“When I think about my life, I just want to do everything I can,” says Tatiane. “Right now, people need to hear and see other people showing them affection. So I thought of sunflowers. It’s a beautiful flower with yellow petals. We’re putting these sunflower seeds in the kits so people can plant them. If you plant a seed, hope is reborn. That seed means you will have one more flower in your life. Everything we plant – really everything we do in life – is hope. And with hope, everything can work out.”

“From my own experience, I can understand…”

At the age of 16, Tatiane was pregnant and living on the street. There were any number of hardships and she was often hungry. However, Tatiane doesn’t say much about what she suffered back then. Instead, she prefers to talk about some of the interactions that helped her. There were people who inspired her not to give up but to keep trying to make a better life for herself. For example, Tatiane remembers a man who sold roast chickens.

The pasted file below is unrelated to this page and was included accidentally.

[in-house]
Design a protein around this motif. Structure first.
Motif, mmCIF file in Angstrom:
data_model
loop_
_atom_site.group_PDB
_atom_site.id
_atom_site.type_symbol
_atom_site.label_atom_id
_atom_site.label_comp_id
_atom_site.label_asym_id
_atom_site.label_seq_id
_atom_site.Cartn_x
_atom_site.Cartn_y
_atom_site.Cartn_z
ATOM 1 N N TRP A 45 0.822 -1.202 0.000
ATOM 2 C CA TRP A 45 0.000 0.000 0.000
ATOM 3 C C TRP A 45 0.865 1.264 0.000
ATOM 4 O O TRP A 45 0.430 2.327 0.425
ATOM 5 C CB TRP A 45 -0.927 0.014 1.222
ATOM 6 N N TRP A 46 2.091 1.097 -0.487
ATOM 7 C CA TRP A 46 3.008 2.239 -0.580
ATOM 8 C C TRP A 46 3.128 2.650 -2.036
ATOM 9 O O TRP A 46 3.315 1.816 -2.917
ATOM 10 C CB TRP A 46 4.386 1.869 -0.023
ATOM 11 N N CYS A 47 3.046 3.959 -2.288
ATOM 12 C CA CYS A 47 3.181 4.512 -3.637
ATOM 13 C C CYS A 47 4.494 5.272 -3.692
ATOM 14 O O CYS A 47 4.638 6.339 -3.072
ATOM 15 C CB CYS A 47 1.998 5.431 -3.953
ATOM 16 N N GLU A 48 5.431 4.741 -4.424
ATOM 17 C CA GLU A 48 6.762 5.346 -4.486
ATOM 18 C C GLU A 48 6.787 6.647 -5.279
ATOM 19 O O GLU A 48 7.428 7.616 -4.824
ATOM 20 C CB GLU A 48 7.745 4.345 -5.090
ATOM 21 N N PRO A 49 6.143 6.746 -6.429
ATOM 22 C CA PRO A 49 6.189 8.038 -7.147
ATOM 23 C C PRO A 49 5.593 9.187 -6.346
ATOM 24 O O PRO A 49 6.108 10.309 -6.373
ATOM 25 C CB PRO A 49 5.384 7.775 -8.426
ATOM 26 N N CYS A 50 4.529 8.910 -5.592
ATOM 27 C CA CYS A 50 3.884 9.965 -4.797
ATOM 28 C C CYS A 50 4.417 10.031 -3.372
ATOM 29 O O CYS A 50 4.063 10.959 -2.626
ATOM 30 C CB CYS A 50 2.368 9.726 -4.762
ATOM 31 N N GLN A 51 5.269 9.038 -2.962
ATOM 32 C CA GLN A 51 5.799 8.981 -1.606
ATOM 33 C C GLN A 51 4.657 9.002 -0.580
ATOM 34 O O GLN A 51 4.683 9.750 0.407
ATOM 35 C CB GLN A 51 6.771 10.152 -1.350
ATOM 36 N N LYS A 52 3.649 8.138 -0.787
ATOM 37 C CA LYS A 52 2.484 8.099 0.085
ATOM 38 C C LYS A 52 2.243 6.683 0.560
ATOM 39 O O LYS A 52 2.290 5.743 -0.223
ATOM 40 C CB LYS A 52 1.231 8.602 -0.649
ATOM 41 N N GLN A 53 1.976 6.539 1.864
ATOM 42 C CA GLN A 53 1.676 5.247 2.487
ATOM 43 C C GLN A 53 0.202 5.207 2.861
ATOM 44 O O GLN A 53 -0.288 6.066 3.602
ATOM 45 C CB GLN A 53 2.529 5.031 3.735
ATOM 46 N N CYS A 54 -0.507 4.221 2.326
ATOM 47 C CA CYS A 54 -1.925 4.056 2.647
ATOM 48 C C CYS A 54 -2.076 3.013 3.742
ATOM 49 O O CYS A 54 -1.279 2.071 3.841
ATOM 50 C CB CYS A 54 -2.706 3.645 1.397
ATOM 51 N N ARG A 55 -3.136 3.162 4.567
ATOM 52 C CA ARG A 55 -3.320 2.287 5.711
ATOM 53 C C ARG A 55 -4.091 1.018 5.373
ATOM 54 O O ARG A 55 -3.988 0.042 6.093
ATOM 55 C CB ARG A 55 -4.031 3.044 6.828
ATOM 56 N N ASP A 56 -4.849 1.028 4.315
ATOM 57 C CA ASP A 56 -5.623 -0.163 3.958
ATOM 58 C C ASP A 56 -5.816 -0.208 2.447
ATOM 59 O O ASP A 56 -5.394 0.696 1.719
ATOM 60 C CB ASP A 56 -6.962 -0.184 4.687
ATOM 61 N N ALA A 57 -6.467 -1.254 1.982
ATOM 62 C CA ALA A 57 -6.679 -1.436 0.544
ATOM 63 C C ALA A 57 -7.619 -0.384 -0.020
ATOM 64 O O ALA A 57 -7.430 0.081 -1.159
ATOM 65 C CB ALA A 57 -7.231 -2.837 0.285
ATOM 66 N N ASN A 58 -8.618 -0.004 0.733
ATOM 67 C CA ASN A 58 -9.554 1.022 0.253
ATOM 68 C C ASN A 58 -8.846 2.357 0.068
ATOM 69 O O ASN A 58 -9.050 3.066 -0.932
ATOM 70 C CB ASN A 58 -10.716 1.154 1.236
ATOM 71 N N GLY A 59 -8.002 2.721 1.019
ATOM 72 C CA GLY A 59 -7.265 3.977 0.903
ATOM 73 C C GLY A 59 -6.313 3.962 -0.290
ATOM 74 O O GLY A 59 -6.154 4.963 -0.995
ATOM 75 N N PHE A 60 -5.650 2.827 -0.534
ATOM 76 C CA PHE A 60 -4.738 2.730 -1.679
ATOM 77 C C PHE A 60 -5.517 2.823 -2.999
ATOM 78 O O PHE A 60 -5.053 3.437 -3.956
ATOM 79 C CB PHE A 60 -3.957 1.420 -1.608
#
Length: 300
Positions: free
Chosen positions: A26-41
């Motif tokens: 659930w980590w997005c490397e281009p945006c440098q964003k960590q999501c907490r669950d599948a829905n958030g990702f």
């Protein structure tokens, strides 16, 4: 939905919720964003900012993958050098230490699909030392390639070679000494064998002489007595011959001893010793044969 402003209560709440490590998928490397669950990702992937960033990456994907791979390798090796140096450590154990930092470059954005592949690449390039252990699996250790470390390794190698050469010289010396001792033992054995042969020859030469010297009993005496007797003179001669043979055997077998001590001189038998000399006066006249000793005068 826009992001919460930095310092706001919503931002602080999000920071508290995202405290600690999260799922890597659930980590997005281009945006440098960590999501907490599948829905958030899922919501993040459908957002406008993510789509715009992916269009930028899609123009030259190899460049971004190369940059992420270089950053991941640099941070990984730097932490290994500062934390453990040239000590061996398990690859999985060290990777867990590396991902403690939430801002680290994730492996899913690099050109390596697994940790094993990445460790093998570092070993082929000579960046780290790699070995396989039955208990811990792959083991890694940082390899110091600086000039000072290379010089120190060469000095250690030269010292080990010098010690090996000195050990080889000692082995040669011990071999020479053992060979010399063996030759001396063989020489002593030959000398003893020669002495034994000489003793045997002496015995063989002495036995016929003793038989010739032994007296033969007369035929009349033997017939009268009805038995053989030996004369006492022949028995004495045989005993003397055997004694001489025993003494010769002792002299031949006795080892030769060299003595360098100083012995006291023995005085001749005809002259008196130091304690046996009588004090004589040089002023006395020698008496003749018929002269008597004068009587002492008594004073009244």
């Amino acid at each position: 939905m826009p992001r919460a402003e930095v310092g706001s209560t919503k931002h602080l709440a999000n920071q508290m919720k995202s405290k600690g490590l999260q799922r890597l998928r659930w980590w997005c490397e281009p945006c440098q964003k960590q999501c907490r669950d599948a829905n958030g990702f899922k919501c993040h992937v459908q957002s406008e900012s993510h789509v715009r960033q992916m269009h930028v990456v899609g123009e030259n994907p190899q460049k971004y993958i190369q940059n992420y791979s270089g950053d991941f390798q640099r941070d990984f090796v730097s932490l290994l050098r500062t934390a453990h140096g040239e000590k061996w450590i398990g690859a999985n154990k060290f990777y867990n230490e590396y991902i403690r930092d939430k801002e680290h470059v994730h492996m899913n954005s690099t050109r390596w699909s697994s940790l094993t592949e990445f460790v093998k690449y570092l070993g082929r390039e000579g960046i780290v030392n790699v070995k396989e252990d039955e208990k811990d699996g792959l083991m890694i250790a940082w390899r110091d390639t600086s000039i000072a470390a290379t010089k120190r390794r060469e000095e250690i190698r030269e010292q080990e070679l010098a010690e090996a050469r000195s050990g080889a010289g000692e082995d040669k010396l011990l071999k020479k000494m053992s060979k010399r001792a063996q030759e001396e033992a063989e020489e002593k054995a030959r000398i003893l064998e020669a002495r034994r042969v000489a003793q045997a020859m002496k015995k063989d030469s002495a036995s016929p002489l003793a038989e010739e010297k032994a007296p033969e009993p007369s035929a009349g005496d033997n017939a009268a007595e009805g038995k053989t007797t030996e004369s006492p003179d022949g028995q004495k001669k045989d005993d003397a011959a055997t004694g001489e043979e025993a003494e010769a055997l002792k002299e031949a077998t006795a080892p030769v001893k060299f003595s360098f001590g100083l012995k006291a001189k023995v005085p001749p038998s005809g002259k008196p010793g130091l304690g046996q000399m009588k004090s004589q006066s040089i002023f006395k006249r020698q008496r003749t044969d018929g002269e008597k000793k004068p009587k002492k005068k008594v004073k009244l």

• “I had the money to buy a roast chicken,” she explains. “But the salesman said, ‘No, take this chicken. I am giving it to you.’ I sat in the middle of the street eating the chicken and said to myself, ‘This happened to me so that I would value things in my life more.’ I learned to appreciate what God has given me.”

In Brazil, as in many other countries, there is a stigma to living on the streets. People look down on those who are homeless or simply poor. Having been there, Tatiane insists that it’s important to understand extreme poverty from the point of view of people who have experienced it. “From my own experience,” she states, “I can understand why people are on the street. I know why they are in need and why they act the way they do. We need to rely more on what the poor themselves know.”